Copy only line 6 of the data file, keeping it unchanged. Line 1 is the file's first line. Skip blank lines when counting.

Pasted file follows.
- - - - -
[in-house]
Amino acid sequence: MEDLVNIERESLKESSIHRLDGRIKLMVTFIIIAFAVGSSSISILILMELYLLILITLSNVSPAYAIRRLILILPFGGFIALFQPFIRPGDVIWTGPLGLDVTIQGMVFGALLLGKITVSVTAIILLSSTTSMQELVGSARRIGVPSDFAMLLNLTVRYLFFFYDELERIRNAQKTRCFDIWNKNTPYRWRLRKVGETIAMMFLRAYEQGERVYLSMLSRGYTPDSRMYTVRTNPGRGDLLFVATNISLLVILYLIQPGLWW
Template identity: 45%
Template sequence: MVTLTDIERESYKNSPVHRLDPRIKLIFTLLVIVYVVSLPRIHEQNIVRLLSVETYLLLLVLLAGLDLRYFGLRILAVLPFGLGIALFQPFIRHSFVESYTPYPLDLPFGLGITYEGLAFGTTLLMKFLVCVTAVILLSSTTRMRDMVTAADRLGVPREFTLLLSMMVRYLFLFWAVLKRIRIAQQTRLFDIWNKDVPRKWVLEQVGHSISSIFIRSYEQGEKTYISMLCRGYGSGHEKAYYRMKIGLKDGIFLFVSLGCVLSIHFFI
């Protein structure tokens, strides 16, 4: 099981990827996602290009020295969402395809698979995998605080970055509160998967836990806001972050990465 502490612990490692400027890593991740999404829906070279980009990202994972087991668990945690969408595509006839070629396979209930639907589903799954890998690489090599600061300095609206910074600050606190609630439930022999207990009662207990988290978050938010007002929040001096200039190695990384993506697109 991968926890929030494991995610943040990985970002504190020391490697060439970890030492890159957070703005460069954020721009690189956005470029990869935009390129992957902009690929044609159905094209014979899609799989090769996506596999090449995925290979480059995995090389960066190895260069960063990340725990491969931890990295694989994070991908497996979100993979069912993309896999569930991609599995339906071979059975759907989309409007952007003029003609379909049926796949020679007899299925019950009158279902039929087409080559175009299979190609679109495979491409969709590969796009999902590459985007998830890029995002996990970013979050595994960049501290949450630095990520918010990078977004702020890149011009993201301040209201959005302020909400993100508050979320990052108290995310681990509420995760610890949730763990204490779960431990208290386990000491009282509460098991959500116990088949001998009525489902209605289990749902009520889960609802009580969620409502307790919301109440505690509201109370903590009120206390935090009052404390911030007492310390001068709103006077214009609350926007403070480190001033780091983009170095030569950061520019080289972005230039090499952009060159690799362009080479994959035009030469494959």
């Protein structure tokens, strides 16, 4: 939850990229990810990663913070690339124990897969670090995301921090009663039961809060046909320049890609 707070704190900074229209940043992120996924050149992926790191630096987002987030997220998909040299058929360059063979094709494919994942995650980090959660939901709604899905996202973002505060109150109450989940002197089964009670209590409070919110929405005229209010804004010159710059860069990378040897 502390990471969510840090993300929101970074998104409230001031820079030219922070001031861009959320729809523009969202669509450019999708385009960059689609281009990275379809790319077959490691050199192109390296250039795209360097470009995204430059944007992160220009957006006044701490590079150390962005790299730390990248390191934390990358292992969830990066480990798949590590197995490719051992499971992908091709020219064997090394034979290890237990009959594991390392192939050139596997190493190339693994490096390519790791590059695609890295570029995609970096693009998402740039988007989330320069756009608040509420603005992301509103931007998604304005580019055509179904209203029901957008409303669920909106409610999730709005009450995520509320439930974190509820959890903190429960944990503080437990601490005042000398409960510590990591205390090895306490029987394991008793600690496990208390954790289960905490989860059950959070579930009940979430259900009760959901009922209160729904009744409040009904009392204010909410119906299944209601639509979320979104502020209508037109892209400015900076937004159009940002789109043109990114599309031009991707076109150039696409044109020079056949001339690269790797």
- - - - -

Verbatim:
């Protein structure tokens, strides 16, 4: 939850990229990810990663913070690339124990897969670090995301921090009663039961809060046909320049890609 707070704190900074229209940043992120996924050149992926790191630096987002987030997220998909040299058929360059063979094709494919994942995650980090959660939901709604899905996202973002505060109150109450989940002197089964009670209590409070919110929405005229209010804004010159710059860069990378040897 502390990471969510840090993300929101970074998104409230001031820079030219922070001031861009959320729809523009969202669509450019999708385009960059689609281009990275379809790319077959490691050199192109390296250039795209360097470009995204430059944007992160220009957006006044701490590079150390962005790299730390990248390191934390990358292992969830990066480990798949590590197995490719051992499971992908091709020219064997090394034979290890237990009959594991390392192939050139596997190493190339693994490096390519790791590059695609890295570029995609970096693009998402740039988007989330320069756009608040509420603005992301509103931007998604304005580019055509179904209203029901957008409303669920909106409610999730709005009450995520509320439930974190509820959890903190429960944990503080437990601490005042000398409960510590990591205390090895306490029987394991008793600690496990208390954790289960905490989860059950959070579930009940979430259900009760959901009922209160729904009744409040009904009392204010909410119906299944209601639509979320979104502020209508037109892209400015900076937004159009940002789109043109990114599309031009991707076109150039696409044109020079056949001339690269790797």